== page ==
Oil giant ExxonMobil won a small victory in a Texas federal court this week. A judge allowed its trademark dilution claims to proceed against the FXX network over the "XX" design in their logos.
Both ExxonMobil and the FXX network (owned by Fox) feature stylized interlocking Xs in their logos; Exxon is claiming under Texas state law that FXX is watering down the commercial impact of its logo. The Hollywood Reporter notes that FXX already owns the standard trademark to "FXX," claiming this bars any trademark dilution claims against the network.
The federal judge sided with Exxon and allowed the suit to proceed, but why?
Texas Trademark Dilution Claim
Although ExxonMobil filed its suit in federal court, one of the seven claims it made against FXX was actually under Texas trademark dilution law.
In terms of federal law, the Federal Trademark Dilution Act serves to prevent third parties from making marks which don't exactly infringe on an existing trademark, but serve to diminish or dilute its effectiveness.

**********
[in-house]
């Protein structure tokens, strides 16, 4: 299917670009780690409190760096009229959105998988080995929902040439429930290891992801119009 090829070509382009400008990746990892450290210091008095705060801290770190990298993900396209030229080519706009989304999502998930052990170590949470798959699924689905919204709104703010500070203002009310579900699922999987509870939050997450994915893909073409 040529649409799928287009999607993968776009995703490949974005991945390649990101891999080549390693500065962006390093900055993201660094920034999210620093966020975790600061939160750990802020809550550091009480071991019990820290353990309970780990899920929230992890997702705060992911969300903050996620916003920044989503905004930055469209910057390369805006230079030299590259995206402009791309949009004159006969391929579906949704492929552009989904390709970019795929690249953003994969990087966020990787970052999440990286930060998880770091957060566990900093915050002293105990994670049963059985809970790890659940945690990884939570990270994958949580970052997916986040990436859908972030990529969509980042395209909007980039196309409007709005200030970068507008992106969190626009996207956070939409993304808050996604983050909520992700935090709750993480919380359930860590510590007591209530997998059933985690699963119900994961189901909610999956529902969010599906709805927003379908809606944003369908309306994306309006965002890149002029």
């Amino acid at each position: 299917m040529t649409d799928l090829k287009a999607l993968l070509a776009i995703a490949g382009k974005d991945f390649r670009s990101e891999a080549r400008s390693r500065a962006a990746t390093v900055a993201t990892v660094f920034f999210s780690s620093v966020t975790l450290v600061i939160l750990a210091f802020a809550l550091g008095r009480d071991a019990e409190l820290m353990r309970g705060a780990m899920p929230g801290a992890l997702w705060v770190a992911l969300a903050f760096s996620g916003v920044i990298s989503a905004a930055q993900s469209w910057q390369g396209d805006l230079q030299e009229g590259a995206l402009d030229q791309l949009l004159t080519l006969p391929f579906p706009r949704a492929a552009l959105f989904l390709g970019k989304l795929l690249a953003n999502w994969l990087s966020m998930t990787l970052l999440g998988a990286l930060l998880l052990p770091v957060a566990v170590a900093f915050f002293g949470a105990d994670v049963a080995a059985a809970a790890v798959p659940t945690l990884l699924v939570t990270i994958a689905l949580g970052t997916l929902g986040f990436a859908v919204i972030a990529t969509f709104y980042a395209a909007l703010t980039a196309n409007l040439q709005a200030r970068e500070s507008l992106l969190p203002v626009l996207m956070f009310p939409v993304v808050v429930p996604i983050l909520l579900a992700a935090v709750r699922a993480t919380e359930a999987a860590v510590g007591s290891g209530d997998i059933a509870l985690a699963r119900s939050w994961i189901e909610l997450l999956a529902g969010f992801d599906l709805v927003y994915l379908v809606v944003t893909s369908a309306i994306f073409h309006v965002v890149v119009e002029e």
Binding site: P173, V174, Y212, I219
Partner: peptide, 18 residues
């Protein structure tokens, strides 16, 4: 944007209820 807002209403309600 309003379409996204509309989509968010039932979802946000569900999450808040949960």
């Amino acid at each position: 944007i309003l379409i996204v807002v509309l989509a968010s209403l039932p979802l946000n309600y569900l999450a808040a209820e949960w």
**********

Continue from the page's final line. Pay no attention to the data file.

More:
Texas' trademark dilution law would allow Exxon to prove it had a "famous" mark (its "XX" logo) in the state of Texas prior to FXX's genesis, and could allow a court to block its FXX from using the "XX" part of its logo anywhere in the state. Since FXX aims to be national cable network, this isn't exactly an option.
While most trademark claims under state law are pre-empted by federal law under the Lanham Act, a federal judge determined that in this case, Exxon could sue under Texas law. And it relied largely on the difference between a standard character and "special form" trademark.
Standard v. Special Mark
The powers that be at Fox had successfully registered a standard character trademark for "FXX," which had not been opposed by Exxon. While standard character marks give general protection over a name and spelling, federal courts have ruled that they do not make any claims on font, color, or size.
By contrast, special form trademarks can grant ownership over design elements (like the interlocking U and T in the University of Texas' logo), but Fox hadn't acquired that for FXX's interlocking Xs. Since there was no special form trademark covering the issue, there was no federal pre-emption of Exxon's claim about the style element of two Xs overlapping.
The judge's ruling doesn't mean Exxon has won its Texas trademark dilution claim. Rather, it just won the right to continue litigating the issue despite FXX's standard character trademark.
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